Bright is in talks with a number of potential battery suppliers in the U.S., Asia and Europe — mostly big, more established players, said Waters, a former VP of business development for the lithium-ion battery maker EnerDel. Asked if the company might consider working with a fellow startup, Waters said, “We’re talking with some that are in the wings, unknown, but realistically they won’t be able to meet our timeline.”

Photo courtesy Bright Automotive

  1. Will be interesting to watch this company; clearly they’re on a different path than Telsa and others like them. Coming out of RMI, they’ve got great people backing them.

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  2. kerry bradshaw Wednesday, March 11, 2009

    RMI, of wence Waters comes, is well known as a phoney pseudo scientific organization. It’s ‘Chief scientist” (they never bother to mention which scientific discipline he pretends to represent) is a bozo named Lovins, who publishes very unscientific
    types of rants against nuclear power and in favor of wind. His arguments are pretty embarrassing and can be amusing because of the irrelevance and obsolescence of most of their claims. With the world embarked on the planning/building stages for almost 400 nuclear plants, Lovins has apparently moved on to greener pastures, hawking that really crappy alternative energy called wind, 5 times more expensive, when properly costed by NOT using invalid “rated capacities” as a metric and NOT forgetting that nuclear plants last three to four
    times longer than soalr panels or windmills. And produce reliable (even peak load) power, easilly worth two to three times more than intermittant and unreliable power from solar PV/wind.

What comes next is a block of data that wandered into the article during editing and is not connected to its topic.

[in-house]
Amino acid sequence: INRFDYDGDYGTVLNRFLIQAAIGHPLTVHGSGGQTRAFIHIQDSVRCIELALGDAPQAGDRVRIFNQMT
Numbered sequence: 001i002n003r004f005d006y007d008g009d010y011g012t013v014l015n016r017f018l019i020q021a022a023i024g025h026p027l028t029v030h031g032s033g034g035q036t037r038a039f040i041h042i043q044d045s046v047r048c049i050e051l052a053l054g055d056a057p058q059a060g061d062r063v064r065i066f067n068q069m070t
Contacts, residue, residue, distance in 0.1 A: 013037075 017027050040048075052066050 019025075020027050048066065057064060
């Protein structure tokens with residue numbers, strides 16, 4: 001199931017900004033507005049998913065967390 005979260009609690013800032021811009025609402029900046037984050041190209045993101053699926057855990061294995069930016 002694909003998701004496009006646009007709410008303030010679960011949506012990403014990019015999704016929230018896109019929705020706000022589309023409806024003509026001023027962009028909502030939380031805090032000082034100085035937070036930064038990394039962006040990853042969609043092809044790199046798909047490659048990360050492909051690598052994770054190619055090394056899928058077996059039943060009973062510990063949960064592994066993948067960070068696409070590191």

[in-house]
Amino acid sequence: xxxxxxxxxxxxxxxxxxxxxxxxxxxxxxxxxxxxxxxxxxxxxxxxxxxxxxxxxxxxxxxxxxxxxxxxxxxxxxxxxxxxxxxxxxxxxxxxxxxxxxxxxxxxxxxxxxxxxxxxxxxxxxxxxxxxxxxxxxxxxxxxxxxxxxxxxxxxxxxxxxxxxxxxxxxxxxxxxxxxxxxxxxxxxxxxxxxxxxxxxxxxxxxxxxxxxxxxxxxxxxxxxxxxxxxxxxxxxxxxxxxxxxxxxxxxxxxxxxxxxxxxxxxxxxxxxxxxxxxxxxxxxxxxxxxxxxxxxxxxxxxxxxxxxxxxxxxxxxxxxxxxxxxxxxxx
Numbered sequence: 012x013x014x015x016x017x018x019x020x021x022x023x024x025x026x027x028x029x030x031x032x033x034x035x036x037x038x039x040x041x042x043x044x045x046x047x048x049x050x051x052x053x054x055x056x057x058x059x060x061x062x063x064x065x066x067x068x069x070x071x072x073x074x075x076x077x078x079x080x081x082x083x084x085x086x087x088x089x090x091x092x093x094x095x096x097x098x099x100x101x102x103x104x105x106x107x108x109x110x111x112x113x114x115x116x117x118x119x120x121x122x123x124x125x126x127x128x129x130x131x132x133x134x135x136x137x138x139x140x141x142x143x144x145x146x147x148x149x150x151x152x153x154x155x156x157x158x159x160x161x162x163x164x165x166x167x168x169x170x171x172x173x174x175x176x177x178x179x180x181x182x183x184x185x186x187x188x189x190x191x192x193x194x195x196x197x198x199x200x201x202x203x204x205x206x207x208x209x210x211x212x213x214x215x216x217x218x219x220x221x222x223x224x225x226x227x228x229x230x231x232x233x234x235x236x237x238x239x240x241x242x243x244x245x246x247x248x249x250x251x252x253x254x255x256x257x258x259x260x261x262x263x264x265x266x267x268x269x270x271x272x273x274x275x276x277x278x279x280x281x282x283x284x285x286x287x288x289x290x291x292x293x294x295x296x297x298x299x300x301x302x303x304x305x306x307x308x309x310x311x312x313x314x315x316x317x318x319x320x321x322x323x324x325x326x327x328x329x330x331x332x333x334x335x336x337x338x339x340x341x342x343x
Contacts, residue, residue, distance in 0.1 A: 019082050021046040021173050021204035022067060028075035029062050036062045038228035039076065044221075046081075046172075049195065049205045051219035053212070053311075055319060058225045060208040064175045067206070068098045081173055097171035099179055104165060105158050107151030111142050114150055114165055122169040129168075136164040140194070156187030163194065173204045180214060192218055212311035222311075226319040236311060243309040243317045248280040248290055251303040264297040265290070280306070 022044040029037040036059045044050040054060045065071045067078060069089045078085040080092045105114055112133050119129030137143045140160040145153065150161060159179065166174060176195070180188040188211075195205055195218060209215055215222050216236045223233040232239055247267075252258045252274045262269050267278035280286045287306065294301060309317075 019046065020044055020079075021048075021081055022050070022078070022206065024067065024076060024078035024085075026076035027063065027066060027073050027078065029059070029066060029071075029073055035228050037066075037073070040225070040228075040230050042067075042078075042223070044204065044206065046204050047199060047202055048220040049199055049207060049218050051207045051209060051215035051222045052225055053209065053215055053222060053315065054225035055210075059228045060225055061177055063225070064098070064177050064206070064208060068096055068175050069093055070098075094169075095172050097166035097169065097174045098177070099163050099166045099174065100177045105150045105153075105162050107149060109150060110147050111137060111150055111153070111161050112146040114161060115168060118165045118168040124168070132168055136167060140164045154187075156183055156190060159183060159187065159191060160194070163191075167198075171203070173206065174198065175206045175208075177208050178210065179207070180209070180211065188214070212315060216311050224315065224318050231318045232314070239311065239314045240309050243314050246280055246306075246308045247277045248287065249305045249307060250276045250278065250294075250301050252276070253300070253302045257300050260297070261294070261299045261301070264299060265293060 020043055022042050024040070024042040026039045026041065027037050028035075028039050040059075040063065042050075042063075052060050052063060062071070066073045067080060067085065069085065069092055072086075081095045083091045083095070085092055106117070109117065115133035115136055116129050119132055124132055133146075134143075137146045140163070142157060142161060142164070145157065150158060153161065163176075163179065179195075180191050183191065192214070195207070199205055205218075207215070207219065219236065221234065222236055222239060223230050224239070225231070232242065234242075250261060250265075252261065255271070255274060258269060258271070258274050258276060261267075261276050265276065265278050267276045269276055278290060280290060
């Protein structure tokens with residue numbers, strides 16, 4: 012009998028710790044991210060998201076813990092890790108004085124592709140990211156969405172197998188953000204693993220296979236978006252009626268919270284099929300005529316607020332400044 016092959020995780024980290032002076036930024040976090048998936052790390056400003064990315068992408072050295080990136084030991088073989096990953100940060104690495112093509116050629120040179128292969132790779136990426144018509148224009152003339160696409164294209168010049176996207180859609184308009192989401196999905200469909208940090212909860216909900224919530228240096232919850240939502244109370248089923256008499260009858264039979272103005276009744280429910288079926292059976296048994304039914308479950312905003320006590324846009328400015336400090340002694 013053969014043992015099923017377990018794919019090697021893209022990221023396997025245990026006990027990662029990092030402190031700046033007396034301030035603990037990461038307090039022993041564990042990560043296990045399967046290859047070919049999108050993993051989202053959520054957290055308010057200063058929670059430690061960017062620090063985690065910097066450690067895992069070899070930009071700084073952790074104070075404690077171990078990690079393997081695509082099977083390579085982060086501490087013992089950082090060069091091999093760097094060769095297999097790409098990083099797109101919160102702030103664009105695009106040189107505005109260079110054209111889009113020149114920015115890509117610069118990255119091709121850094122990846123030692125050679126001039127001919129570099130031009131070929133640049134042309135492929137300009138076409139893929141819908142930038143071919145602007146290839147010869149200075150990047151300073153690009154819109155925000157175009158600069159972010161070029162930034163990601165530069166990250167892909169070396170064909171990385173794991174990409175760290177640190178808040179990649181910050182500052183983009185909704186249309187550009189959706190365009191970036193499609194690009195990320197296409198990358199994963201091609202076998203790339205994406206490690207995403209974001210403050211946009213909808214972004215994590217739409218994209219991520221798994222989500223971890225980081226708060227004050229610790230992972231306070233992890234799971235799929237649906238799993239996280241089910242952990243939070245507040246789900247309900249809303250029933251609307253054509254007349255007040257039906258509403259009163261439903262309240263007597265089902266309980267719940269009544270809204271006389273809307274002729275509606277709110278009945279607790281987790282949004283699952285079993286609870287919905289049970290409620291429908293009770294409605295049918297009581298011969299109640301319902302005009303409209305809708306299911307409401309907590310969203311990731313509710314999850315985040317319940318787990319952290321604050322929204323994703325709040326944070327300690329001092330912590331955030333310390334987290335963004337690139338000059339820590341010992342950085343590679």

So now we have someone who claims that GM “forgot” how to build an electric (this is all part of the technique for grabbing venture capital – show that the surefire technology (the Volt) is crappy compared to mine. Unfortunately, when Waters speaks of the reasons for his advantage he makes several absurd claims – one, that GM forgot what it learned with the EV-1 and then talks about HOW HEAVY the Volt is , which he claims signifies “inefficiency.” We all know from GM redesign of the Volt for aero effects (which , for some reason, Waters apparently is unaware) that weight in an EV don’t reallymean much – aero effects and tire rolling resistence (which the Volt reduced via design by a tire manufacturer) are more important than weight. You see, an EV (like a hybrid) can recover almost all that energy that is required to get that weighty car up to speed. So weight isn’t the factor here as it is in a regular gas car. Apparently GM isn’t the only one who forgot a lot of what they once knew.

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  3. [...] we spoke with Bright CEO John Waters last month, the IDEA was slated to debut at Norway’s Electric Vehicle Symposium in May. But it makes sense [...]

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  4. [...] and government fleets in less than five years. Bright CEO John Waters told us in March that the company needs to secure $400 million in Department of Energy loans or raise capital from private equity markets ($400 million over three [...]